Basically, it seems you need a multi-dimensional justification of Parseval's formula for this application. In my

paper on the related 1D case, you will see (my Th 3.1) that I rely on a Theorem in Titschmarsh. He comments at the end of his theorem proof that having [$](f(x),g(x)) \in L^1 \equiv L^1(R)[$] and one of them bounded is sufficient, but his general conditions are weaker than that. Here [$]R = (-\infty,\infty)[$]. In my paper, I show how to get/use weaker conditions by introducing generalized Fourier transforms.

Presumably something similar holds in n-dimensions.

In your application, [$]f(x)[$] is a payoff function and [$]g(x)[$] is the probability density with [$]x \in R^n[$], using log-prices. For n-dimensional GBM, for example, [$]g(x)[$] will be an n-dimensional normal density, so bounded and in [$]L^1(R^n)[$]. Other densities may not be bounded, but (being probability densities) we know they are [$]L^1[$].

Arranging the payoff to be bounded should not be too hard: usually it is some put-call parity type trick, removing the + (max) condition from the payoff, valuing that, and then focusing on the payoff that's left. In my paper, I show that Titschmarsh's theorem can be applied as long as [$]f(x)[$] is (i) Fourier integrable in a strip and (ii) bounded. This avoids needing an [$]L^1[$] payoff.* For example, a put option payoff [$](K - e^x)^+[$] is bounded, not in [$]L^1[$], but has a generalized Fourier transform in a [$]z[$]-plane strip.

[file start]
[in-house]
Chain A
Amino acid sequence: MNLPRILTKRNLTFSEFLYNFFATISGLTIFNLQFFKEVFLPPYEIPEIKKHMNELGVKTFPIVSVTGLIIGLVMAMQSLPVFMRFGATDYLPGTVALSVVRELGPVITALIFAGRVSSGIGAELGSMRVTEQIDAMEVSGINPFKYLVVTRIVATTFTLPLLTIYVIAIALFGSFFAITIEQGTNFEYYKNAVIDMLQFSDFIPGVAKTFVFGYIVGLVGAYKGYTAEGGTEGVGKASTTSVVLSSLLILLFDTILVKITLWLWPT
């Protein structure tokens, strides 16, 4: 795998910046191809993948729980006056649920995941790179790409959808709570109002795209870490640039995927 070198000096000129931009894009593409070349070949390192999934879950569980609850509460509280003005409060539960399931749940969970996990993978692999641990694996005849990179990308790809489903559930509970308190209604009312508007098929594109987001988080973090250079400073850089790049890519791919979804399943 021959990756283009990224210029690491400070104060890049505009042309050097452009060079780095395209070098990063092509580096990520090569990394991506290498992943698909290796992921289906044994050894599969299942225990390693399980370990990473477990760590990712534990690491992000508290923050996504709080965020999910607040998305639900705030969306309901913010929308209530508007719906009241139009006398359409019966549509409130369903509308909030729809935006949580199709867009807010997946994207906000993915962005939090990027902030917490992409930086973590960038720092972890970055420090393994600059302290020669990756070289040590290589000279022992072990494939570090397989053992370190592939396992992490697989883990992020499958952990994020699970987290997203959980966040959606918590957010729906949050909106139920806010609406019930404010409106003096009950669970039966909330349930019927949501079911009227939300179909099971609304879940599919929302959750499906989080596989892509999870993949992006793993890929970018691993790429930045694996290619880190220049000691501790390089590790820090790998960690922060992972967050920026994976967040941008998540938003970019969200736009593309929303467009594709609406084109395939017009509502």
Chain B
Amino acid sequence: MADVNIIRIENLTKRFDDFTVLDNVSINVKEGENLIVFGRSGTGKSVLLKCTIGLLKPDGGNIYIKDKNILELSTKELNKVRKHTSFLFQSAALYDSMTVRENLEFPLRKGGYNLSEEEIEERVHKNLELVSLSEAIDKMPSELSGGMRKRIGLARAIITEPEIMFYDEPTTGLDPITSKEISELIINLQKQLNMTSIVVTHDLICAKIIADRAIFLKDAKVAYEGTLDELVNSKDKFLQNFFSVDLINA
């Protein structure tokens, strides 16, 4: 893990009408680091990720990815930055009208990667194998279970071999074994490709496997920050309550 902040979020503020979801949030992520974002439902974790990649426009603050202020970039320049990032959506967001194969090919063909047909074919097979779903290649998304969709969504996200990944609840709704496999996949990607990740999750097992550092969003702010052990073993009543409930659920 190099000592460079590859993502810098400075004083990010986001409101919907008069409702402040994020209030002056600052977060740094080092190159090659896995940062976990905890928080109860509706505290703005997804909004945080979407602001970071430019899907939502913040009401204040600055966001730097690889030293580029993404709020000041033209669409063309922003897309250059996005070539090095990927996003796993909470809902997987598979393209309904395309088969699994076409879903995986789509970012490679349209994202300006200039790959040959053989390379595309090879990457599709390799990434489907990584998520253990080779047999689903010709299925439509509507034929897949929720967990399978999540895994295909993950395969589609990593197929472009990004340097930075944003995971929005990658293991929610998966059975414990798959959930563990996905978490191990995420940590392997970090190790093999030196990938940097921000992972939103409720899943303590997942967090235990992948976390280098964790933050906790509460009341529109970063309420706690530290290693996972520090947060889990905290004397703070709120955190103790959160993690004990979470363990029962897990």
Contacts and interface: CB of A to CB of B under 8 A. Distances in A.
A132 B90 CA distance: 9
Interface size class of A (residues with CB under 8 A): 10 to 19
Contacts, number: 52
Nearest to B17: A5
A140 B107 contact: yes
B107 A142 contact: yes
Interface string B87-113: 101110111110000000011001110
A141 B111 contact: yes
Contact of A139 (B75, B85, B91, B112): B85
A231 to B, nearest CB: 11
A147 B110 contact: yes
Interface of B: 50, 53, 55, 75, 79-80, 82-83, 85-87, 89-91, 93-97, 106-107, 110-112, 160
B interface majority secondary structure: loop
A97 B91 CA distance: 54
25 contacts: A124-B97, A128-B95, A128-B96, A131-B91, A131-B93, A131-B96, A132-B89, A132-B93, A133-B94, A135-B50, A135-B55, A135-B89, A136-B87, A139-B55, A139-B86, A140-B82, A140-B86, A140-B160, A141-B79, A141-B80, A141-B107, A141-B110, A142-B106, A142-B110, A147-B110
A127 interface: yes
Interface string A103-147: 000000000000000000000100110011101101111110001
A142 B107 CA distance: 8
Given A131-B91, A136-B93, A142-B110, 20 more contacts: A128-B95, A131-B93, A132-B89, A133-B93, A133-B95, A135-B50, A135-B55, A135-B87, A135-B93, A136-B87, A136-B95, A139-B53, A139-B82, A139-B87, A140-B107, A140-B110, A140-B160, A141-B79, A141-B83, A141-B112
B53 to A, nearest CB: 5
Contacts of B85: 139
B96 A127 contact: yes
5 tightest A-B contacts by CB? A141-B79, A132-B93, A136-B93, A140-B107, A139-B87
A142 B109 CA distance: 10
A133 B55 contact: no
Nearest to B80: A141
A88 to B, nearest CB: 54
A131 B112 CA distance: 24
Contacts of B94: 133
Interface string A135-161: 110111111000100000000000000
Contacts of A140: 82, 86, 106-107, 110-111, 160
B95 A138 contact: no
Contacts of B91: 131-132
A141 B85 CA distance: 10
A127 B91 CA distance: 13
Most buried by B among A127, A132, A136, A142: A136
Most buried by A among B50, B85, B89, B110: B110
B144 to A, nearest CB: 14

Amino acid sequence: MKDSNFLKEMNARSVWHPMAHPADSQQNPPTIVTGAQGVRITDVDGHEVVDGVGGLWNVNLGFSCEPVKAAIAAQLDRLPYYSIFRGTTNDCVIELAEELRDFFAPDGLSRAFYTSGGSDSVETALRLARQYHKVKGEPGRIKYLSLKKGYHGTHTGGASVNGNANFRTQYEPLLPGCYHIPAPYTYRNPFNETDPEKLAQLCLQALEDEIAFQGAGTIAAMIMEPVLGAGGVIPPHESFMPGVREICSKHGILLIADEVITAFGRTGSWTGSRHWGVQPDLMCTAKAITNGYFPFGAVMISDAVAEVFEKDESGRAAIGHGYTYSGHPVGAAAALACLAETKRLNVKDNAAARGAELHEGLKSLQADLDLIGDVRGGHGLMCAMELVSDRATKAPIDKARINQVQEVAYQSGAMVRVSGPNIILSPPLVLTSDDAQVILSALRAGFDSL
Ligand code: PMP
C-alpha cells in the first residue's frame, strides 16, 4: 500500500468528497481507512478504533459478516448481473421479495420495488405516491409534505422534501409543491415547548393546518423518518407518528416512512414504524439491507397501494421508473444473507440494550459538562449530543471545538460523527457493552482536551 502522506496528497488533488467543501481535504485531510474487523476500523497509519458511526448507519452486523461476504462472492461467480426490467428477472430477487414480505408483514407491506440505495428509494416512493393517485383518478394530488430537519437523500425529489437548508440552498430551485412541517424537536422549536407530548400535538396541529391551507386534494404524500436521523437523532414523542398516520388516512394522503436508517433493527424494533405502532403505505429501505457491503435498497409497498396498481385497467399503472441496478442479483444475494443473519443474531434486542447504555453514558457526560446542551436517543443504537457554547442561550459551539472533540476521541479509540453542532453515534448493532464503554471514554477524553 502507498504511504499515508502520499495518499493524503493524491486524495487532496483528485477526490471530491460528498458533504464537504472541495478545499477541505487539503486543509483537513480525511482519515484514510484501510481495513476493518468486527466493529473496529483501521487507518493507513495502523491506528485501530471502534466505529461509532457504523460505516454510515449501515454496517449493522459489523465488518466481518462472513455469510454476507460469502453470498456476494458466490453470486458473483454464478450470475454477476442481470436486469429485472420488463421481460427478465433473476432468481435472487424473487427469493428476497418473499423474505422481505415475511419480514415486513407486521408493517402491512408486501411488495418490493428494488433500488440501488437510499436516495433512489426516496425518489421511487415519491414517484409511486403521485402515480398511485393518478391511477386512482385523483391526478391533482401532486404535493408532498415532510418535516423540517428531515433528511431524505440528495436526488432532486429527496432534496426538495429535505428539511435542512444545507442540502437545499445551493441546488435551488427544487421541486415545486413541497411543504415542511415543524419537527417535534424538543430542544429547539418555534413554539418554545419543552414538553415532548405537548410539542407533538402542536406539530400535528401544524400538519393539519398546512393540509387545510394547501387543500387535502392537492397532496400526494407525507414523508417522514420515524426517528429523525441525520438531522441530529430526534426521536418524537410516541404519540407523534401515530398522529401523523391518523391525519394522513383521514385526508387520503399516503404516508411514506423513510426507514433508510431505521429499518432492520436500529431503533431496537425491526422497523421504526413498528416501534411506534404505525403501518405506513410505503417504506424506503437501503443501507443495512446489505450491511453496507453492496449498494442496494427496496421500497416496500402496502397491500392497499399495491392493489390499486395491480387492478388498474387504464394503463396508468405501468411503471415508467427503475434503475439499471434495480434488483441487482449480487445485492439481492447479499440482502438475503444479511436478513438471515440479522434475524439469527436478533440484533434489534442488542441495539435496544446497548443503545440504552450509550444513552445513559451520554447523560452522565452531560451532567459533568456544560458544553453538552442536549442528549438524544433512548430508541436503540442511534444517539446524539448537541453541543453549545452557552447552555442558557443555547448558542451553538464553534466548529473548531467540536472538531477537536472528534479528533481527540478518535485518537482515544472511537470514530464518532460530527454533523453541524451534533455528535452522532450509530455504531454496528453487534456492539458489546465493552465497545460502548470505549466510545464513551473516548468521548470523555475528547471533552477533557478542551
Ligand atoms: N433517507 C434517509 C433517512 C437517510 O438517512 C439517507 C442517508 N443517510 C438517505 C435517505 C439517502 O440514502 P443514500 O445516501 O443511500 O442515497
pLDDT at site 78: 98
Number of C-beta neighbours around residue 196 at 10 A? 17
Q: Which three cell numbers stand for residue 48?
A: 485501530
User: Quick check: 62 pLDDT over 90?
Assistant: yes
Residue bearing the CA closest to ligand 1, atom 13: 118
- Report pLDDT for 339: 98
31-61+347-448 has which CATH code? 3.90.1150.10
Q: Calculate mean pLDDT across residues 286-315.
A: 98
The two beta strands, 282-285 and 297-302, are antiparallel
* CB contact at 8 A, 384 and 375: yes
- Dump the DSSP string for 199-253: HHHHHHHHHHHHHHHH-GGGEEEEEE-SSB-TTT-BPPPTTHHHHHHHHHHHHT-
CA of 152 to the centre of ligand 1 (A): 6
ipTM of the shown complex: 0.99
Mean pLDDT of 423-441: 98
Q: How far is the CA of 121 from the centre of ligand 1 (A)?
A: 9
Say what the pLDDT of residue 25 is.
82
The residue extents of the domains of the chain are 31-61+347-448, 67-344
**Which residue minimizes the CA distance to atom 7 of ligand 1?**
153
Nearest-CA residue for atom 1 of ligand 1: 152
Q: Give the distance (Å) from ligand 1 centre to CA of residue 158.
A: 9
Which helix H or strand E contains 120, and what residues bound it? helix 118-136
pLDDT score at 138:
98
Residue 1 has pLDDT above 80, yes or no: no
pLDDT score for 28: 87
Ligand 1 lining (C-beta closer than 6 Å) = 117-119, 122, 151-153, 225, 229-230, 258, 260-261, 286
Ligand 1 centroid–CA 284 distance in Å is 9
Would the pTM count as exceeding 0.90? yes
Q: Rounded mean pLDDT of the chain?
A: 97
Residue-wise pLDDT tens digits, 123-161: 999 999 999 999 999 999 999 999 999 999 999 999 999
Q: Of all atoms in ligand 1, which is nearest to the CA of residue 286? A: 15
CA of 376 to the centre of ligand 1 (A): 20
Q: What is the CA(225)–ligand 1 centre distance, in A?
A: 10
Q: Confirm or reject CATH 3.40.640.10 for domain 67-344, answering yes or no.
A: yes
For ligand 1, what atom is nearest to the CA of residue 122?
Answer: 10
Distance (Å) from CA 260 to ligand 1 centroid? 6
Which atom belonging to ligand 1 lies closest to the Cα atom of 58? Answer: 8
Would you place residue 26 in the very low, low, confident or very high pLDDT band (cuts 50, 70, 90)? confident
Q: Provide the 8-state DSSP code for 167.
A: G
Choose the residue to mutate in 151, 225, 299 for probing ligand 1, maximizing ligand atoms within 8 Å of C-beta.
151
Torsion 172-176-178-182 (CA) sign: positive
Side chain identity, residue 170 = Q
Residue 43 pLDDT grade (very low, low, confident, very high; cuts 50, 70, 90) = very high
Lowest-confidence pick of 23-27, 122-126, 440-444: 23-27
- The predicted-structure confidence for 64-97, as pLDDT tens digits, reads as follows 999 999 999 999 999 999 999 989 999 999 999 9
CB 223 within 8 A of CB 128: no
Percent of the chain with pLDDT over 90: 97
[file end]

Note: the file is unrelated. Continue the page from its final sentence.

So, to summarize, my suggestion is to try to adapt that generalized Fourier transform approach.

----------------------------------------------------------------------------------------------

* But the strip has to overlap the analyticity strip for the characteristic function of [$]g(x)[$] at [$]-z[$]. This requirement is never a problem for a normal density, but for some others, it may require care.